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AMORY, SON OF BEATRICE
SPIRES AND GARGOYLES
THE EGOTIST CONSIDERS
NARCISSUS OFF DUTY
THE DEBUTANTE
EXPERIMENTS IN CONVALESCENCE
YOUNG IRONY
THE SUPERCILIOUS SACRIFICE
THE EGOTIST BECOMES A PERSONAGE

"You're all fine now, and I feel glorious. Give me a cigarette. You've 

never seen me smoke, have you? Well, I do, about once a month." 

 

And then that wonderful girl and Amory raced to the corner like two mad 

children gone wild with pale-blue twilight. 

 

"I'm going to the country for to-morrow," she announced, as she stood 

panting, safe beyond the flare of the corner lamp-post. "These days are 

too magnificent to miss, though perhaps I feel them more in the city." 

 

"Oh, Clara!" Amory said; "what a devil you could have been if the Lord 

had just bent your soul a little the other way!" 

 

"Maybe," she answered; "but I think not. I'm never really wild and never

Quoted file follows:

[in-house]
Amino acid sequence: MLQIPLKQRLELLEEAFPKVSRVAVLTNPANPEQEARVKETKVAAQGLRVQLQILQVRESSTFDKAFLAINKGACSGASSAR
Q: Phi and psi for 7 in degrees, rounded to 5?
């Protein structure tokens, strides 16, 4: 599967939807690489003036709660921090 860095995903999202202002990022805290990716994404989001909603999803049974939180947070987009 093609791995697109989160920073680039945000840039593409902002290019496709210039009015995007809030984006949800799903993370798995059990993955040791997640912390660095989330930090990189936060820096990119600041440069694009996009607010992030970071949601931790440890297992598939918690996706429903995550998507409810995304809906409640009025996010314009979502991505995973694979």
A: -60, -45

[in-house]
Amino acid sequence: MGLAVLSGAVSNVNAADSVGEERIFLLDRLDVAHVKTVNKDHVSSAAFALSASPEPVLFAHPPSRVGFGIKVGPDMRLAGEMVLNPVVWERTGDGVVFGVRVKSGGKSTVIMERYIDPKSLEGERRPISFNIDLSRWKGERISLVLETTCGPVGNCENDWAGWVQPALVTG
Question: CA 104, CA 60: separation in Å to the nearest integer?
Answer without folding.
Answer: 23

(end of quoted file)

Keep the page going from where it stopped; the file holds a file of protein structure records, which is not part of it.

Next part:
have been. That little outburst was pure spring." 

 

"And you are, too," said he. 

 

They were walking along now. 

 

"No--you're wrong again, how can a person of your own self-reputed 

brains be so constantly wrong about me? I'm the opposite of everything 

spring ever stood for. It's unfortunate, if I happen to look like what 

pleased some soppy old Greek sculptor, but I assure you that if it 

weren't for my face I'd be a quiet nun in the convent without"--then 

she broke into a run and her raised voice floated back to him as he 

followed--"my precious babies, which I must go back and see." 

 

She was the only girl he ever knew with whom he could understand how 

another man might be preferred. Often Amory met wives whom he had known 

as debutantes, and looking intently at them imagined that he found 

something in their faces which said: 

 

"Oh, if I could only have gotten _you!_" Oh, the enormous conceit of the 

man! 

 

But that night seemed a night of stars and singing and Clara's bright 

soul still gleamed on the ways they had trod. 

 

"Golden, golden is the air--" he chanted to the little pools of water. 

... "Golden is the air, golden notes from golden mandolins, golden 

frets of golden violins, fair, oh, wearily fair.... Skeins from braided 

basket, mortals may not hold; oh, what young extravagant God, who would 

know or ask it?... who could give such gold..." 

 

***** 

 

AMORY IS RESENTFUL 


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